Psychiatric Annals

CME Article 

Differentiation of Social Phobia from High-Functioning Autism Spectrum Disorder

Bonnie P. Taylor, PhD

Abstract

CME Educational Objectives

1. To identify symptom similarities between social phobia and high-functioning autism spectrum disorder (ASD).

2. To learn how to differentiate social phobia from high-functioning ASD.

3. To understand how social phobia may manifest comorbidly with high-functioning ASD.

 

The patient is a 10-year-old boy who was brought to the clinic by his mother, who believes he is suffering from social phobia. The mother’s concern for her son stems from his poor eye contact, his preference to play alone, and his lack of peer friendships. According to the mother, her son spends most of his free time by himself on the computer, usually searching the Internet for superhero-related information. She interprets this behavior as his way of decompressing once he is away from the anxiety of being surrounded by people all day at school.

Abstract

CME Educational Objectives

1. To identify symptom similarities between social phobia and high-functioning autism spectrum disorder (ASD).

2. To learn how to differentiate social phobia from high-functioning ASD.

3. To understand how social phobia may manifest comorbidly with high-functioning ASD.

 

The patient is a 10-year-old boy who was brought to the clinic by his mother, who believes he is suffering from social phobia. The mother’s concern for her son stems from his poor eye contact, his preference to play alone, and his lack of peer friendships. According to the mother, her son spends most of his free time by himself on the computer, usually searching the Internet for superhero-related information. She interprets this behavior as his way of decompressing once he is away from the anxiety of being surrounded by people all day at school.

The patient is a 10-year-old boy who was brought to the clinic by his mother, who believes he is suffering from social phobia. The mother’s concern for her son stems from his poor eye contact, his preference to play alone, and his lack of peer friendships. According to the mother, her son spends most of his free time by himself on the computer, usually searching the Internet for superhero-related information. She interprets this behavior as his way of decompressing once he is away from the anxiety of being surrounded by people all day at school.

The mother reported that the boy has a particularly difficult time in school during lunch period because he is required to go to the cafeteria where he encounters unfamiliar students from other classes. He tries to avoid going to the cafeteria by frequently asking his teacher if he can eat in the classroom or go to the school nurse instead. In addition, the patient reportedly becomes extremely upset and has long, uncharacteristic tantrums when he is required to visit family friends or when his parents have visitors come to the house.

Medical and Psychiatric History

According to the patient’s mother, the patient is the product of a normal 40-week pregnancy delivered vaginally with unremarkable pre-, peri-, and postnatal history. Developmental motor milestones were reached at expected time frames (sitting at 6 months and walking at 13 months). However, he had a delay in speaking single words (2.5 years) and in using communicative phrases (3.5 years). Family history is significant for bipolar disorder, schizophrenia, and depression. In terms of the patient’s educational history, he has attended mainstream public schools throughout his academic career.

Upon detailed questioning by the examiner regarding the patient’s social difficulties, his mother described that he seems unsure how to initiate and sustain interaction with others, and he displays inconsistent responses to social initiations from peers. According his mother, the patient never had an appropriate peer friendship and has always preferred to play by himself. She recalled that as a toddler, he rarely engaged in imaginative play or played with others, but would rather play repetitively with the same toy by himself for hours. The patient’s mother also described difficulties in pragmatic language as a young child as well as currently, including difficulty reading nonverbal communication and cues, and difficulty staying on topic and with reciprocal conversation.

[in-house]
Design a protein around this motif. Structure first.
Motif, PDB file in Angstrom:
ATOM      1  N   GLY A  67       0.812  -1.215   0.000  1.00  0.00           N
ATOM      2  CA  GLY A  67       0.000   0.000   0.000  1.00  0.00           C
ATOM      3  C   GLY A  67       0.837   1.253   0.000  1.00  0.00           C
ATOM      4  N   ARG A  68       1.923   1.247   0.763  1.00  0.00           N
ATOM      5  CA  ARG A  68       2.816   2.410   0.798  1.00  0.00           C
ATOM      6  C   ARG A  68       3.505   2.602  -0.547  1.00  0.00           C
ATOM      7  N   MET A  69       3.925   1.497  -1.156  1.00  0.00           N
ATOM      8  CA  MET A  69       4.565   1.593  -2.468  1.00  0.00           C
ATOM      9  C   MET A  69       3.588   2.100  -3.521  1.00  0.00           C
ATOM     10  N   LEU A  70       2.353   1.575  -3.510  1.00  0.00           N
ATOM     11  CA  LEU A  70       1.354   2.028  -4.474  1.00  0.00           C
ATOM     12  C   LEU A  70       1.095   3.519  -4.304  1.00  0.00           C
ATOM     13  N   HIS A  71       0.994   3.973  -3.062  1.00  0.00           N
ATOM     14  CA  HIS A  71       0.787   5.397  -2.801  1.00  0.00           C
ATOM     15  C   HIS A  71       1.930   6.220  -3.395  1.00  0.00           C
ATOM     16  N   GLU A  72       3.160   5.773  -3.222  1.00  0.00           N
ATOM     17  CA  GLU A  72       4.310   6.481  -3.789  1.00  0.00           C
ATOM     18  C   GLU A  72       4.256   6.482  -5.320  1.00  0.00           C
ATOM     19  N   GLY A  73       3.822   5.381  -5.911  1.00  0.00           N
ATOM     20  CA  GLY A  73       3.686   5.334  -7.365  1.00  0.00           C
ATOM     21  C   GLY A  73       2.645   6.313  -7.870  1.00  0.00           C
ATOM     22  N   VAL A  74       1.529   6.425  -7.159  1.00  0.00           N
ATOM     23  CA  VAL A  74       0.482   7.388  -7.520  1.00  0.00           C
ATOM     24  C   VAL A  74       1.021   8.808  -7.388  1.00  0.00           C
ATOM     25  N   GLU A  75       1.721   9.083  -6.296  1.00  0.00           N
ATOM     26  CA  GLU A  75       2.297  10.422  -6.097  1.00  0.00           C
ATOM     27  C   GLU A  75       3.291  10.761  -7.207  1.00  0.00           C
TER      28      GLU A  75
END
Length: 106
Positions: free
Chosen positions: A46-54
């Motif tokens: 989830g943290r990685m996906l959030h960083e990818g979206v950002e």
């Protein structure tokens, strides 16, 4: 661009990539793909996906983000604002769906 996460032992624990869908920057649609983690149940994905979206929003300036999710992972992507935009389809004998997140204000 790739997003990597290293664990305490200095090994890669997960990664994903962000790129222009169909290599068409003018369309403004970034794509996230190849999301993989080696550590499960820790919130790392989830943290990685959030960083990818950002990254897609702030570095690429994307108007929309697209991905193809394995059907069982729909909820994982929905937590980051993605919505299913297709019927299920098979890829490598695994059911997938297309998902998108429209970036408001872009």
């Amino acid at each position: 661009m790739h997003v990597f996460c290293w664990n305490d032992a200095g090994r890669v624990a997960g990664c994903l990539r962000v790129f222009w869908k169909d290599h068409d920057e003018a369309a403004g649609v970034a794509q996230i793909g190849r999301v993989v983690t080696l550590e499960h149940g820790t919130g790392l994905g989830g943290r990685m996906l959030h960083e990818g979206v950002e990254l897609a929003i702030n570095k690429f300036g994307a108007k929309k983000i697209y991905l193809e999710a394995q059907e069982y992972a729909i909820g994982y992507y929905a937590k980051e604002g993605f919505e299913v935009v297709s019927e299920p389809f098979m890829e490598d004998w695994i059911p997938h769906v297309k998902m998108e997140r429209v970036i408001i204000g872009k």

When asked about details regarding the quality of conversations with the patient, his mother explained that he likes to tell people facts about superheroes. She described that speaking with her son is typically one-sided; he is unaware when others are not interested in his knowledge of superheroes, and it is hard to transition him to other topics of conversation.

When asked if the boy has ever had any other intense interests, his mother revealed that he has had many circumscribed interests that have changed over time. For example when he was younger, Thomas the Tank Engine was virtually the only subject he would talk about, he would need to have a Thomas train with him at all times, and would only eat off of a Thomas plate.

Behavioral Observations

The patient presented as a cheerful young boy. His functioning language skills were age appropriate, and he was able to use comprehensive spontaneous language to provide answers to direct questions. For example, when asked by the examiner if he becomes nervous or afraid when he is with classmates, he responded, “No, I always tell David about superheroes, nobody else likes superheroes; well, only Michael but he likes DC superheroes not Marvel.” In response to being asked if he becomes scared when he is with people he does not know, he responded, “No, I like to meet new people.” When asked why he does not like when visitors come to the house, he responded “It is really annoying because then mom doesn’t let me use the computer”; when asked why he does not like to go to the school cafeteria for lunch, he responded, “It is very loud in the cafeteria, people are running and jumping around, and it smells disgusting.” Upon further questioning regarding possible sensory sensitivities, the patient acknowledged that loud sounds or “chaos” often hurt his ears, and that he dislikes and becomes “upset” by some smells, including pizza, hamburgers, and perfume.